This Brioche bread and butter pudding is seriosuly delicious from the sweet buttery bread to the rich vanilla custard.
Don't forget the rich dark chocolate, caramel sauce and crnchy hazelnuts, which make this dessert so dreamy!
This British dessert with a French twist is also so simple to make, which is great because, trust me, you will be making it regularly!
Why you will love this dessert
Normally this pudding was made to use up stale bread and uses dried fruit sprinkled over the custard. May people aren't keen on dried fruit so making the pudding this way everyone will love it!gache bread
- really simple to assemble and prepare in advance
- store cupboard ingredients with lots of variations
- great for using up stale bread
- everyone will love this dessert
What are the ingredients?
For this dessert most of the ingredients will already be to hand.
I've used plain chocolate from a bar but chocolate chips are just as good if you have them instead.
There's great crunch from hazelnuts and an added richness from caramel sauce.
I've also used brown sugar and some cinnamon.
For the bread I've used slices of brioche, buttered. If you can't find it in bread form you can often buy it as mini loaves which you can just slice in half.
The bread is baked in a custard made with eggs, sugar, vanilla and milk
How to make Brioche bread and butter pudding
I've used slice brioche bread, buttered and then sliced in half on the diagonal.
Arrange the buttered slices in an ovenproof dish that has been greased.
Traditionally this dish would have raisins in it but I find they can catch and burn in the oven, so I have switched them with chopped hazelnuts.
You could just used ready chopped nuts but I like the proper crunch of bigger pieces.
Sprinkle the nuys around the bread in the dish
Break a bar of plain chocolate (70% solids) into small pieces and and spread over and between the bread.
Make a simple custard mix with the milk, eggs, sugar and vanilla and pour over the bread.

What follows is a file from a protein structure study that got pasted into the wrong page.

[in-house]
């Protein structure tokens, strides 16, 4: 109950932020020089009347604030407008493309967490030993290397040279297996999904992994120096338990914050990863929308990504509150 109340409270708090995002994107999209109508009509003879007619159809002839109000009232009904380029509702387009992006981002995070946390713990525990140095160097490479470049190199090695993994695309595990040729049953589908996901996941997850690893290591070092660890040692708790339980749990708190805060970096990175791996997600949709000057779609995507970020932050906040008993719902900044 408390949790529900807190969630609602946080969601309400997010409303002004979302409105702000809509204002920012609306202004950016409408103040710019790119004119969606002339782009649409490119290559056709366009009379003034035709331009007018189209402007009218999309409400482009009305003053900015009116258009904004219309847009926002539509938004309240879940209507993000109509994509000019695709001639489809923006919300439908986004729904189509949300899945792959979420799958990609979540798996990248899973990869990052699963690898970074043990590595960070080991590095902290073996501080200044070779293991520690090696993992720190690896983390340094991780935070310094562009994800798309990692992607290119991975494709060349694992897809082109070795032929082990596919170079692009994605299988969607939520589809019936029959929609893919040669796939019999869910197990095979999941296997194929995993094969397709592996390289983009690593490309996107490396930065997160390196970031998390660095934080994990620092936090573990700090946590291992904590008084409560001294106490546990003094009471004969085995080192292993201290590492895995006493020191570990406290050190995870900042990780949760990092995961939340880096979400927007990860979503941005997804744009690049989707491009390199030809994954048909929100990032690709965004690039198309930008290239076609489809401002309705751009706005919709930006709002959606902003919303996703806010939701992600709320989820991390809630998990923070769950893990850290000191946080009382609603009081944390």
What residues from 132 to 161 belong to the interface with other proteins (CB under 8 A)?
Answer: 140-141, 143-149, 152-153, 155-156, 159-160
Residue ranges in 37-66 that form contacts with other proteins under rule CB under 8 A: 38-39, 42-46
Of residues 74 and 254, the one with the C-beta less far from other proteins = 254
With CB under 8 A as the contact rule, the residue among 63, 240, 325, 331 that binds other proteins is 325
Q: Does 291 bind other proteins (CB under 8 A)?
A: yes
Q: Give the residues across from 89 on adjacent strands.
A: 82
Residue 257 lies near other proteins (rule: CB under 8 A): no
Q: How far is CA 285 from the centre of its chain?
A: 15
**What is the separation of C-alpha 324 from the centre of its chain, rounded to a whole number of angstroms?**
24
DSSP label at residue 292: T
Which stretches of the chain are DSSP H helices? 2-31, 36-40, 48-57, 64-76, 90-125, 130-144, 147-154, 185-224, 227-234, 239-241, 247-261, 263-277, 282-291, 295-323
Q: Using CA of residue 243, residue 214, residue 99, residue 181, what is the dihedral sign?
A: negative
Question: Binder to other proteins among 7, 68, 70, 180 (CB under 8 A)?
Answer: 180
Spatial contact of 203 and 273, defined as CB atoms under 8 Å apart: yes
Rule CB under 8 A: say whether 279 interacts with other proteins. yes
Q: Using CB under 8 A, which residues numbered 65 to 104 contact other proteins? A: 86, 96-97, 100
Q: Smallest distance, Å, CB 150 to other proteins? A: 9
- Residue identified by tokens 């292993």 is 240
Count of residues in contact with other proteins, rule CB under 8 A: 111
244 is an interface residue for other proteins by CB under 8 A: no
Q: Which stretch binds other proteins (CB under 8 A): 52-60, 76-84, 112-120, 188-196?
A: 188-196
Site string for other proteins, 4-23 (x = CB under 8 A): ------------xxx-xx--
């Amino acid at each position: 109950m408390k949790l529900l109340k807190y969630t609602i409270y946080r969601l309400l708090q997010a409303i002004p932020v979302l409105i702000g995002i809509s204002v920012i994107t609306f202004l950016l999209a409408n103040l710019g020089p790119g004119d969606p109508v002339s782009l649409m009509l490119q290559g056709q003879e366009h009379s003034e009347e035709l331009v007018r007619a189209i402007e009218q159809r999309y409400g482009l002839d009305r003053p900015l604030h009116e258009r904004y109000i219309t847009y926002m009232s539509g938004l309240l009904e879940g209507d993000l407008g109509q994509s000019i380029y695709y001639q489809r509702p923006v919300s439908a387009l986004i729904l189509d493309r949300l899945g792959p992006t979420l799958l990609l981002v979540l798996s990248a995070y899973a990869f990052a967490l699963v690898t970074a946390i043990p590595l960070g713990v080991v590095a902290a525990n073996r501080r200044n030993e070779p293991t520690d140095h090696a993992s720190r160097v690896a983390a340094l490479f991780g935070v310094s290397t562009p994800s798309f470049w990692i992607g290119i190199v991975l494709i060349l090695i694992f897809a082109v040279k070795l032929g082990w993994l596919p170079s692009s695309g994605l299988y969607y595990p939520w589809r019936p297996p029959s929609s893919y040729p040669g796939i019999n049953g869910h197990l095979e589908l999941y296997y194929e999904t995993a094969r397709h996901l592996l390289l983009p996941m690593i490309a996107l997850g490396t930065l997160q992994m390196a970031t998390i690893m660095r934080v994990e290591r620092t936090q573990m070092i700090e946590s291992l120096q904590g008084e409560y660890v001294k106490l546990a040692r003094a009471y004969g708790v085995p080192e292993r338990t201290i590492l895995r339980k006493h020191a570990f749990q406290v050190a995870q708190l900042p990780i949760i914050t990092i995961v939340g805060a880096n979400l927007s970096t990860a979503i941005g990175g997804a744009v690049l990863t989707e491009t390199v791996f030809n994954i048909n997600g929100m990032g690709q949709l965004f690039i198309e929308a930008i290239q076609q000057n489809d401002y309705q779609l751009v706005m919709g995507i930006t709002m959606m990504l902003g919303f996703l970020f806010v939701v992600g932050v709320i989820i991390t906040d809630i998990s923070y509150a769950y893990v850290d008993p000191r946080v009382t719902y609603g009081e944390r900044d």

For extra naughtiness I added a few squeezes of caramel sauce.
Sprinkle with brown sugar and cinnamon and bake at 180C/350F for 45-55 minutes until puffed and golden brown.
Brioche is a French bread that is made with a rich dough with eggs and a higher level of butter added. It's often served at breakfast in France and I have also seen it served with drinks at a wedding.
It's sweet and buttery and really doesn't need butter added to it as it's more like a cake.
Absolutely. The pudding will benefit from the custart soaking the egg mixture so this is a great dish to prepare and put in the fridge until later.
You could use slices of panettone, croissants, or any bread you have.
If you like you could completely omit the butter or spread the bread with Nutella spread instead.
There are lots of other options too. Try fresh raspberries, slices of banana, macadamia, brazil or pecan nuts for a change.
With this version each mouthful will be full of crunchy nuts, melted chocolate, caramel, buttery bread and rich custard.
It's a bit like a pain au chocolate, English style or bread and butter pudding French style! What do you think?
- try and push the bread down into the custard for a good soak before baking
- serve immediately as the pudding will gradually collapse if left to cool
- serve as it is or with vanilla icecream or single cream
More desserts to try
Brioche Bread and Butter Pudding.
- 6 slices brioche bread such as Brioche, buttered
- 50 g butter
- 100 g plain chocolate in small pieces
- 50 g chopped hazelnuts
- 1 tablespoon brown sugar
- 2 tablespoon caramel sauce optional
- 1 teaspoon ground cinnamon
- 750 ml milk
- 3 eggs
- 50 g sugar
- 1 teaspoon vanilla extract
- In a large jug beat all the custard ingredients together.
- Butter the bread and cut in half diagonally.
- Grease a baking dish and arrange the bread with the nuts and chocolate.
- Pour over the custard mix, drizzle on the caramel if using then sprinkle with cinnamon and brown sugar.
- Bake at 180C/350F for 45-55 minutes until puffed up and golden.
- Serve with some pouring cream.
Disclaimer: The nutritional information provided is approximate and is calculated using online tools. Information can vary depending on various factors, but we have endeavoured to be as accurate as possible.
Detailed instructions for this recipe, including step by step photographs, hints and tips, can be found in the main article.